Want a Mentor? Don’t Make these Rookie Mistakes
I was listening to one of Tim Ferriss’s excellent podcasts the other day, and he made the comment that the best way to guarantee someone won’t mentor you is to ask them directly to be your mentor.
That sounds counterintuitive. But here’s why it makes a lot of sense.
Mentoring someone in a formal way requires a lot of time. Scheduling meetings, making introductions to others who can help, answering questions in person and by email – these activities can all add up to a big time suck. If you’re a highly visible expert in your field, extra time is your most precious commodity. Putting aside the concept of paying it forward, why give that up to someone you don’t even know?
If you’re in need of mentorship, and everyone is at some point in their career, you need to bring your A Game. You need to get informed and creative, and avoid turning the concept of being assertive into being a pest. Here are a few ideas to get you started:
Do you want a mentor or a sponsor? A mentor can be anyone offering you advice. A sponsor is someone who takes you under their wing to help you advance within your organization.
Figure out exactly what you want a mentor to do. Answer a few questions? Make introductions? Review a presentation? The more you can spread these tasks around, the easier it will be to find people to help.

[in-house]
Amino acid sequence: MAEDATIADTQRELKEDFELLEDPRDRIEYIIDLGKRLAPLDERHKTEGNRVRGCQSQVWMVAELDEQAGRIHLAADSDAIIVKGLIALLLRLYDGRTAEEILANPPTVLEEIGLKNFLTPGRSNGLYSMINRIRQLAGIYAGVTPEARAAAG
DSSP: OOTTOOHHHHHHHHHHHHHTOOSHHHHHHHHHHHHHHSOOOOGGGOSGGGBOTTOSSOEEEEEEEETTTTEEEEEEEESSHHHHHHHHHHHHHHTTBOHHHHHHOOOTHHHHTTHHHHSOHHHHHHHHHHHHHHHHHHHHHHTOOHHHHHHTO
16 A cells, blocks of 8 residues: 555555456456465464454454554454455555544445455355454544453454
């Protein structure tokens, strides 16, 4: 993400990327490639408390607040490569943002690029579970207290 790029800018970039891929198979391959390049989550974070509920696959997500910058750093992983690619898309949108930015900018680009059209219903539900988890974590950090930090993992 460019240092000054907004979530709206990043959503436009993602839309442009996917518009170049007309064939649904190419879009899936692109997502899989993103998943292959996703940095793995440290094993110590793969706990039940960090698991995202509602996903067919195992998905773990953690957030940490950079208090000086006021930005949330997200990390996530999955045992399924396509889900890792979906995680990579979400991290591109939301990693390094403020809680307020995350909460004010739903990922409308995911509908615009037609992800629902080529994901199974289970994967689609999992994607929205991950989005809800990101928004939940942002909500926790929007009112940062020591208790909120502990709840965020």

Think about how you can reciprocate. Millennials, for example, have a number of skills that older generations can use. Offer to help with social media or Powerpoint presentations, or put together a chart in Excel. Your target mentors will appreciate it.
Volunteer to help out at a professional event in your field of interest or join a committee at your professional association. Your goal is to take on tasks that others are too busy for, and little by little work your way up so you become trusted to assist in more visible areas. Think about giving a lot of yourself before you ask anyone for anything. Ferriss tells the story of how he volunteered for months at a Silicon Valley professional association, ultimately organizing a panel discussion for key players and getting to know at least one of them personally – an experience that became instrumental to his success.
Ferriss, Ramit Sethi, Ryan Holiday and others have written extensively on focusing on up and comers for mentorship instead of going for the boldfaced names currently in the limelight and I’m sharing some of their best practices for doing so.
To be successful at attracting potential mentors, it’s important to be strategic as well as sensitive to the demands on others’ time. If you lay the groundwork properly and educate yourself about your field of interest in as much depth as you can, you’ll be viewed as someone who has something valuable to offer – and who deserves a seat at the table.
Do you agree? Disagree? Have any mentoring tips of your own? If so I’d love to hear from you!